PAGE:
Dedicated Place for Art Jewellery & Objects


Tzu-Ju Chen

Tzu-Ju Chen_s1

Milano, necklace, pendant: 1 X 5.5 X 5.75 inches, neck wire 16inches.
Laminated photographs, sterling silver and rose-cut garnets. 2004
photo by Christian Cutler

Tzu-Ju Chen_4

Tzu-Ju Chen_3

Tzu-Ju Chen_2

My work is inspired by my experiences, intermingling metalsmithing techniques and
design with various artistic traditions from around the world. Inspired by the cultures
I’ve encountered during my travels, I work with intrinsic materials, combining the traditional
with the unexpected to elevate their status and reassign their function as jewelry.

My works explores the conceptual play of material and meaning. Travel photography and
vintage snapshots serve as mementos that embody the present reality. In one group of pieces,
photographs of architectural antiquity are transformed into body adornment. In another group,
paper money used as an Asian ceremonial offering of currency for the dead, transcends its
original function and serves as an evocation of metal and the sentiments of mourning.
Through the juxtaposition of materials that may be perceived as incompatible, I combine the transparency
of hot glue with the luster of silver to create a piece of subtle shifting color and texture.
This intermingling of a lowly material and a precious metal elevates the perception of the hot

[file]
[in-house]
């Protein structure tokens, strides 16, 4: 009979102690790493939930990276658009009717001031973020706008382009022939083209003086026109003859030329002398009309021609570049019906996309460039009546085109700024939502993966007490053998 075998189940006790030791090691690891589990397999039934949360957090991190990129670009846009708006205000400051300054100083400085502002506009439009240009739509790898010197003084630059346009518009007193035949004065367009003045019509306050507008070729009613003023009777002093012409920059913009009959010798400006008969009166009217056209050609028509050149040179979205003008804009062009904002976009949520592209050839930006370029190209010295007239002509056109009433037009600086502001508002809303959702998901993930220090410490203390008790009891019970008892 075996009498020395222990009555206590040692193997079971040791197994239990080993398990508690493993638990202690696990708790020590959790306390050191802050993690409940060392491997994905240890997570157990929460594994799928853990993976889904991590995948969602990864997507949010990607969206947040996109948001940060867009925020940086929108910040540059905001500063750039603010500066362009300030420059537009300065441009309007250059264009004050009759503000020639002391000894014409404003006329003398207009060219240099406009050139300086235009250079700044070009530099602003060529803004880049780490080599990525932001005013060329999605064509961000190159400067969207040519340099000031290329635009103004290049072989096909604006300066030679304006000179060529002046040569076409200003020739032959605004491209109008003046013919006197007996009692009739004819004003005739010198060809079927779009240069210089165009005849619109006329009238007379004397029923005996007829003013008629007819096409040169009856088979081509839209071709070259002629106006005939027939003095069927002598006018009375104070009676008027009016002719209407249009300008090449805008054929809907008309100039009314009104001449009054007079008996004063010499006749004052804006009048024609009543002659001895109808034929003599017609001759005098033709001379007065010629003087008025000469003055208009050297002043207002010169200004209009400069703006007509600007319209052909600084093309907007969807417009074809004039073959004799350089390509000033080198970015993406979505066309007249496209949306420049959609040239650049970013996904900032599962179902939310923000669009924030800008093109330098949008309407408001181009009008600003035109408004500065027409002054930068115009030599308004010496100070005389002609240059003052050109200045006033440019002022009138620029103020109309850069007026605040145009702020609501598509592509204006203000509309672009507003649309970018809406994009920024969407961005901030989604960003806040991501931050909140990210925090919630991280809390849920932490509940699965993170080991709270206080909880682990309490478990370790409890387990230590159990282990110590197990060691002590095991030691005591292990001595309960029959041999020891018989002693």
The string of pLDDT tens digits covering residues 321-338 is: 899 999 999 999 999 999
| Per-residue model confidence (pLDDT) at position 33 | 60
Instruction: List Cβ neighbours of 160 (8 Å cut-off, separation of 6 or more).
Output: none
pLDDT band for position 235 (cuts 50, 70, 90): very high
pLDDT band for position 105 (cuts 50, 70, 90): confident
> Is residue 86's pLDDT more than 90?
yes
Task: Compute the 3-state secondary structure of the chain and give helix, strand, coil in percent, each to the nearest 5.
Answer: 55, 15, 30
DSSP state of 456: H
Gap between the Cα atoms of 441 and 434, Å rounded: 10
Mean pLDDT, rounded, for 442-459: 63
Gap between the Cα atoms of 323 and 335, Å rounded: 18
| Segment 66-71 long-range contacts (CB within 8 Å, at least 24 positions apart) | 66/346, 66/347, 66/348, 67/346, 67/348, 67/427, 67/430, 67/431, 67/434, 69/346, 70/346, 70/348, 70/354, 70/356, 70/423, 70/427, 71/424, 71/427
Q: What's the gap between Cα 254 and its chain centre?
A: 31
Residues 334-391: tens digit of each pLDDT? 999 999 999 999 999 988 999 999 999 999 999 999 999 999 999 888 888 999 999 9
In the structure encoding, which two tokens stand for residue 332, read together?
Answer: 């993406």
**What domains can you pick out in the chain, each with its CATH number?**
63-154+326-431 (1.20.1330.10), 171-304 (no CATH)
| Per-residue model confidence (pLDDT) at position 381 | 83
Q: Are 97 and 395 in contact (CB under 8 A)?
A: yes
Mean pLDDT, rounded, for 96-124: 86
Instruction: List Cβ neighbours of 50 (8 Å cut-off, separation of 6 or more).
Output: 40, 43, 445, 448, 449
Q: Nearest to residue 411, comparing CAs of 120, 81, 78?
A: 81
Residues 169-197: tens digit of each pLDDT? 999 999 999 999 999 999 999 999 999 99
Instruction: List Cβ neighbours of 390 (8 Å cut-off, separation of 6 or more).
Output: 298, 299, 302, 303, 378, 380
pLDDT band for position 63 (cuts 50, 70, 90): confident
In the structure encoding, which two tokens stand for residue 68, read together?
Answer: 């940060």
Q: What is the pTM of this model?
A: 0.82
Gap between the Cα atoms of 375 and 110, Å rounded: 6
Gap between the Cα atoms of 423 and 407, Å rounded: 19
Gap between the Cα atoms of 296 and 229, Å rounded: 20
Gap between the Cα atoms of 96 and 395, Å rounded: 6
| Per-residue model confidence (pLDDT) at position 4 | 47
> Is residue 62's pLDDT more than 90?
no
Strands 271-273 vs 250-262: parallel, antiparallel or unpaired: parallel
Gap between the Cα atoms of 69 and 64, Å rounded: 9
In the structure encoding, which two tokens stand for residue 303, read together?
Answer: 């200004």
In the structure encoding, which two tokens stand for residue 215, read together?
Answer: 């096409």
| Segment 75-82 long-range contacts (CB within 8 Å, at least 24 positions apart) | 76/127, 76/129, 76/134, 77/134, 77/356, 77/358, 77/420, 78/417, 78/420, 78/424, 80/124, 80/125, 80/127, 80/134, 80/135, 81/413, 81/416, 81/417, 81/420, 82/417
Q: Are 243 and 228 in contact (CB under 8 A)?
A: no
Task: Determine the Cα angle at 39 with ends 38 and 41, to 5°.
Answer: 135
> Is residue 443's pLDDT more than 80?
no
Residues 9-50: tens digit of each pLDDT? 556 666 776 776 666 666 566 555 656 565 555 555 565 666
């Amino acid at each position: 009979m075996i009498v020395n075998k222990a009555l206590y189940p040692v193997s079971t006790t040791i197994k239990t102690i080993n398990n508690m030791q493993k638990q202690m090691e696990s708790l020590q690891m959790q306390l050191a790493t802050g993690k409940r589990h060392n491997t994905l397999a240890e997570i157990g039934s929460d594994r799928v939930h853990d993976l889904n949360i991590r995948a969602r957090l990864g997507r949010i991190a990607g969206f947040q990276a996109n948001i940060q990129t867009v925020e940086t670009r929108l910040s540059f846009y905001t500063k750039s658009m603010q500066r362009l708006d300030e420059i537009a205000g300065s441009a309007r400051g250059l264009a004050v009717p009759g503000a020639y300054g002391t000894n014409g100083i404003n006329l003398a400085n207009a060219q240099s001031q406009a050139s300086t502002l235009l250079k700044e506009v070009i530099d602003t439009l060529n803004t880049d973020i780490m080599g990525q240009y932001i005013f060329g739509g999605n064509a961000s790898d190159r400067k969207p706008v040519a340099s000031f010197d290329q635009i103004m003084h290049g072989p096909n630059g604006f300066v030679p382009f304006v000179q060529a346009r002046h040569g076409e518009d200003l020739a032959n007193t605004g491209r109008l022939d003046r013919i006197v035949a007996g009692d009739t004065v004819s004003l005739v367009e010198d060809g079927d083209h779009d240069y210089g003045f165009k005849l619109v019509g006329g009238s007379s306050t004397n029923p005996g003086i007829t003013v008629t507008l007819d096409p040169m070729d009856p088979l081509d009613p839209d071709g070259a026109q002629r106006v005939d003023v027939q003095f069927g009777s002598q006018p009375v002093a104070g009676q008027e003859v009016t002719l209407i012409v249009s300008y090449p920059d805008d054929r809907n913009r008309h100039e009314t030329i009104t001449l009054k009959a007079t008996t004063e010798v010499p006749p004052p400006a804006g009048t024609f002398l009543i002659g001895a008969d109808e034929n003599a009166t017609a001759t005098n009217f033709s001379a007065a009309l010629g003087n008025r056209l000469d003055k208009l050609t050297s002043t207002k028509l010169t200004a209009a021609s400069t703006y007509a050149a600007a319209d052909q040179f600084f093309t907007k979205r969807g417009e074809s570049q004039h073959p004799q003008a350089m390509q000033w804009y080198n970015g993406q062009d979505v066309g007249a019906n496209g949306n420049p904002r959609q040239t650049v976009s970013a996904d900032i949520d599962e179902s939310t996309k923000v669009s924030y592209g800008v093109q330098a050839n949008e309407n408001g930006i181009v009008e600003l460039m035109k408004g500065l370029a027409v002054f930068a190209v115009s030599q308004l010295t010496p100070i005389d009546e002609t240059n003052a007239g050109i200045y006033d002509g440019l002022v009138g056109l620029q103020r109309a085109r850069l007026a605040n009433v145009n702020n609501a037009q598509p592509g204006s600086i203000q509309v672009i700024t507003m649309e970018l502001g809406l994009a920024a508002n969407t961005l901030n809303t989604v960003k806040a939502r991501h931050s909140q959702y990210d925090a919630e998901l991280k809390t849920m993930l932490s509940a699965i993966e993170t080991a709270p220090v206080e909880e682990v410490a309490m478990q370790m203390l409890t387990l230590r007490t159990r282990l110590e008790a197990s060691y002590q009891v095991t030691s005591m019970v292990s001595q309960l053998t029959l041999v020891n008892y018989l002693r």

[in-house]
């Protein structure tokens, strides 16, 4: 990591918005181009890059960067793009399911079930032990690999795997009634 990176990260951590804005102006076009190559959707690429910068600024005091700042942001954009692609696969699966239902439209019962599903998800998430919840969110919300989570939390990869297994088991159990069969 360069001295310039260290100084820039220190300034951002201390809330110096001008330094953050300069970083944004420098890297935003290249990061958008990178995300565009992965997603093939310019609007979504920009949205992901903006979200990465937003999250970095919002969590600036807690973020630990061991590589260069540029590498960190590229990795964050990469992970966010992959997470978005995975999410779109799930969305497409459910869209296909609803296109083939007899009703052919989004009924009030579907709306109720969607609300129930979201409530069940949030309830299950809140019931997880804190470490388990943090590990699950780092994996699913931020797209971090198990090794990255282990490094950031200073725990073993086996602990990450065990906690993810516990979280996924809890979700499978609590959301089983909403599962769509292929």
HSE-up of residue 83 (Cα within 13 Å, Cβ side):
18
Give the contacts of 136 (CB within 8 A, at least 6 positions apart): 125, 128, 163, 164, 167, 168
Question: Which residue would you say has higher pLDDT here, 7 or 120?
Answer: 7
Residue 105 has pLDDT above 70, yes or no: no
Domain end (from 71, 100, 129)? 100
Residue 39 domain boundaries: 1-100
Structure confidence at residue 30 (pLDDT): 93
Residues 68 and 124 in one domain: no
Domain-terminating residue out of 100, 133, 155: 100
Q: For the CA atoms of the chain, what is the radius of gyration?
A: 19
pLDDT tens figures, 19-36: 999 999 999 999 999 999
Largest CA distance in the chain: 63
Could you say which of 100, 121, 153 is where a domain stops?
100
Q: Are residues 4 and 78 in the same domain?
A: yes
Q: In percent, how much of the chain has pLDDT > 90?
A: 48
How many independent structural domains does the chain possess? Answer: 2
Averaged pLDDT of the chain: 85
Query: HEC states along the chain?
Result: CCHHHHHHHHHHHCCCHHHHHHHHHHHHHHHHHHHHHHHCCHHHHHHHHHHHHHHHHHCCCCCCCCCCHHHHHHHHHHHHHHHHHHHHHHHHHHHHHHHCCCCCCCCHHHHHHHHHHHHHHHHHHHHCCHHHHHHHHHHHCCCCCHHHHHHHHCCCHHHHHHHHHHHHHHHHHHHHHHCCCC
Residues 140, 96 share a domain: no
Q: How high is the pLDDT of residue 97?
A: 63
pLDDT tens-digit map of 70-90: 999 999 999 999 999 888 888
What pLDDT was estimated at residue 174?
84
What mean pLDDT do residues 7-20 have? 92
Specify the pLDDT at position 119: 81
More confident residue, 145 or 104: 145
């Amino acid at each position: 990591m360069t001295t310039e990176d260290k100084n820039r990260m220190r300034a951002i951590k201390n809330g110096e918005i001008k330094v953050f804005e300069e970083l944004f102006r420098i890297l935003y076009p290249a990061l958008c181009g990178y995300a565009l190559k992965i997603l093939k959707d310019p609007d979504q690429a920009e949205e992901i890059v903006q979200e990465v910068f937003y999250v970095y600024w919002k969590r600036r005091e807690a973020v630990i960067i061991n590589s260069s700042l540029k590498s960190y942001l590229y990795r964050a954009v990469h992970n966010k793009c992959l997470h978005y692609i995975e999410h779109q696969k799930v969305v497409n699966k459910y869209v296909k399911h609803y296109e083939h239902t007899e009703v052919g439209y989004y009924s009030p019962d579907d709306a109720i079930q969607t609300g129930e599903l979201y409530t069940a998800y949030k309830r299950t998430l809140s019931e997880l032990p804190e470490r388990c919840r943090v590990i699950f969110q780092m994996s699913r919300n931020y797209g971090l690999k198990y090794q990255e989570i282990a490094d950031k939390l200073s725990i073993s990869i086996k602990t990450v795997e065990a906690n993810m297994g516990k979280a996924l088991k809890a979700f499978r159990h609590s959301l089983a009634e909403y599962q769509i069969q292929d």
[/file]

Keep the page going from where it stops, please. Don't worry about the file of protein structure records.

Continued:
glue through its encounter with the silver.

Pushing the boundaries of traditional techniques, I have experimented with materials such as inlaying
Kingfisher bird feathers in unconventional ways as well as using unorthodox binding methods like
melting monofilament. I have developed pieces through creative processes that connect mind and hand,
and abstract ideas and tangible forms, in the medium of jewelry.

I also reference familiar symbols like the phoenix which are rearranged to create new silhouettes and meanings.
Graphic elements, for instance, are layered to create textures, while old photographs may portray events but as
well as a sense of action. Through these methods, I create new context.

My pieces are complete objects on their own but are enhanced when they are worn—they integrate with the
wearer by reflecting and shadowing a person’s body and movements. This is a pivotal moment and expresses a
creative continuum from the inception of a work to its material explorations to the dynamic experience of
the jewelry on the human form.